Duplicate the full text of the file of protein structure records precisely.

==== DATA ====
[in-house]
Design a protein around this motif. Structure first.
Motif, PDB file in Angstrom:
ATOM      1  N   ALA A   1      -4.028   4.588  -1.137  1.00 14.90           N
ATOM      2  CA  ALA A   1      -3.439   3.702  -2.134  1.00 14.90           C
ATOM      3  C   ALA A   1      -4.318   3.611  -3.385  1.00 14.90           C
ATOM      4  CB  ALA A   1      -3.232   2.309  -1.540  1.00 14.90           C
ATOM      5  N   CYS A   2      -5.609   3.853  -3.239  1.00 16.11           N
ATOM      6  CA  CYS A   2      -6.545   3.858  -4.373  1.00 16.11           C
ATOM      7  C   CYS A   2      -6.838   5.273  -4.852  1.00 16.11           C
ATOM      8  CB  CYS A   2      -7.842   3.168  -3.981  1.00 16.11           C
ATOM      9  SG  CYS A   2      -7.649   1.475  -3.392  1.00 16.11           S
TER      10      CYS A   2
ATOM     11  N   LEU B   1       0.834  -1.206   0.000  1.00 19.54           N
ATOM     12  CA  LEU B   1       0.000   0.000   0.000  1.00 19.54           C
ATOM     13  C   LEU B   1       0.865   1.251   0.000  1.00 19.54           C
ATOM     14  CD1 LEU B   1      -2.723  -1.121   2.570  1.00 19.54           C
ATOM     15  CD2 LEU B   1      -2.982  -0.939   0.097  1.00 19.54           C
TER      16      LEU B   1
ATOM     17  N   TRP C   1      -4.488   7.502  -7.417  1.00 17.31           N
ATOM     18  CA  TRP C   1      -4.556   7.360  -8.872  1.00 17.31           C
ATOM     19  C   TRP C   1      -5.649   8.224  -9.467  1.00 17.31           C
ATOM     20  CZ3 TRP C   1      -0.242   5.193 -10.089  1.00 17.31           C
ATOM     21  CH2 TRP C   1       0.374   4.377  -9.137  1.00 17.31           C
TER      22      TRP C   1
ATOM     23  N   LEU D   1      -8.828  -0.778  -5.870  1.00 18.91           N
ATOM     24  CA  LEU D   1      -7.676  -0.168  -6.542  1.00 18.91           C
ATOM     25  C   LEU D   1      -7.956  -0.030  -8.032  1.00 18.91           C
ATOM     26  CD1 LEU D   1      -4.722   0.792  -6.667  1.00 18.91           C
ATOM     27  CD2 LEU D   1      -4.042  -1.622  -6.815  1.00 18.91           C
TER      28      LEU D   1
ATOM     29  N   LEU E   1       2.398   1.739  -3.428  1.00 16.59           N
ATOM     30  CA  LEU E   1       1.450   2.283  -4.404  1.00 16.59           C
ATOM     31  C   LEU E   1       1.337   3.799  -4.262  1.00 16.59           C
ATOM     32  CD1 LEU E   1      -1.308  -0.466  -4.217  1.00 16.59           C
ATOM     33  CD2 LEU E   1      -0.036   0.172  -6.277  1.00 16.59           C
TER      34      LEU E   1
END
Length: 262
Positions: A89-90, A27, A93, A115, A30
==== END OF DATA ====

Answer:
[in-house]
Design a protein around this motif. Structure first.
Motif, PDB file in Angstrom:
ATOM      1  N   ALA A   1      -4.028   4.588  -1.137  1.00 14.90           N
ATOM      2  CA  ALA A   1      -3.439   3.702  -2.134  1.00 14.90           C
ATOM      3  C   ALA A   1      -4.318   3.611  -3.385  1.00 14.90           C
ATOM      4  CB  ALA A   1      -3.232   2.309  -1.540  1.00 14.90           C
ATOM      5  N   CYS A   2      -5.609   3.853  -3.239  1.00 16.11           N
ATOM      6  CA  CYS A   2      -6.545   3.858  -4.373  1.00 16.11           C
ATOM      7  C   CYS A   2      -6.838   5.273  -4.852  1.00 16.11           C
ATOM      8  CB  CYS A   2      -7.842   3.168  -3.981  1.00 16.11           C
ATOM      9  SG  CYS A   2      -7.649   1.475  -3.392  1.00 16.11           S
TER      10      CYS A   2
ATOM     11  N   LEU B   1       0.834  -1.206   0.000  1.00 19.54           N
ATOM     12  CA  LEU B   1       0.000   0.000   0.000  1.00 19.54           C
ATOM     13  C   LEU B   1       0.865   1.251   0.000  1.00 19.54           C
ATOM     14  CD1 LEU B   1      -2.723  -1.121   2.570  1.00 19.54           C
ATOM     15  CD2 LEU B   1      -2.982  -0.939   0.097  1.00 19.54           C
TER      16      LEU B   1
ATOM     17  N   TRP C   1      -4.488   7.502  -7.417  1.00 17.31           N
ATOM     18  CA  TRP C   1      -4.556   7.360  -8.872  1.00 17.31           C
ATOM     19  C   TRP C   1      -5.649   8.224  -9.467  1.00 17.31           C
ATOM     20  CZ3 TRP C   1      -0.242   5.193 -10.089  1.00 17.31           C
ATOM     21  CH2 TRP C   1       0.374   4.377  -9.137  1.00 17.31           C
TER      22      TRP C   1
ATOM     23  N   LEU D   1      -8.828  -0.778  -5.870  1.00 18.91           N
ATOM     24  CA  LEU D   1      -7.676  -0.168  -6.542  1.00 18.91           C
ATOM     25  C   LEU D   1      -7.956  -0.030  -8.032  1.00 18.91           C
ATOM     26  CD1 LEU D   1      -4.722   0.792  -6.667  1.00 18.91           C
ATOM     27  CD2 LEU D   1      -4.042  -1.622  -6.815  1.00 18.91           C
TER      28      LEU D   1
ATOM     29  N   LEU E   1       2.398   1.739  -3.428  1.00 16.59           N
ATOM     30  CA  LEU E   1       1.450   2.283  -4.404  1.00 16.59           C
ATOM     31  C   LEU E   1       1.337   3.799  -4.262  1.00 16.59           C
ATOM     32  CD1 LEU E   1      -1.308  -0.466  -4.217  1.00 16.59           C
ATOM     33  CD2 LEU E   1      -0.036   0.172  -6.277  1.00 16.59           C
TER      34      LEU E   1
END
Length: 262
Positions: A89-90, A27, A93, A115, A30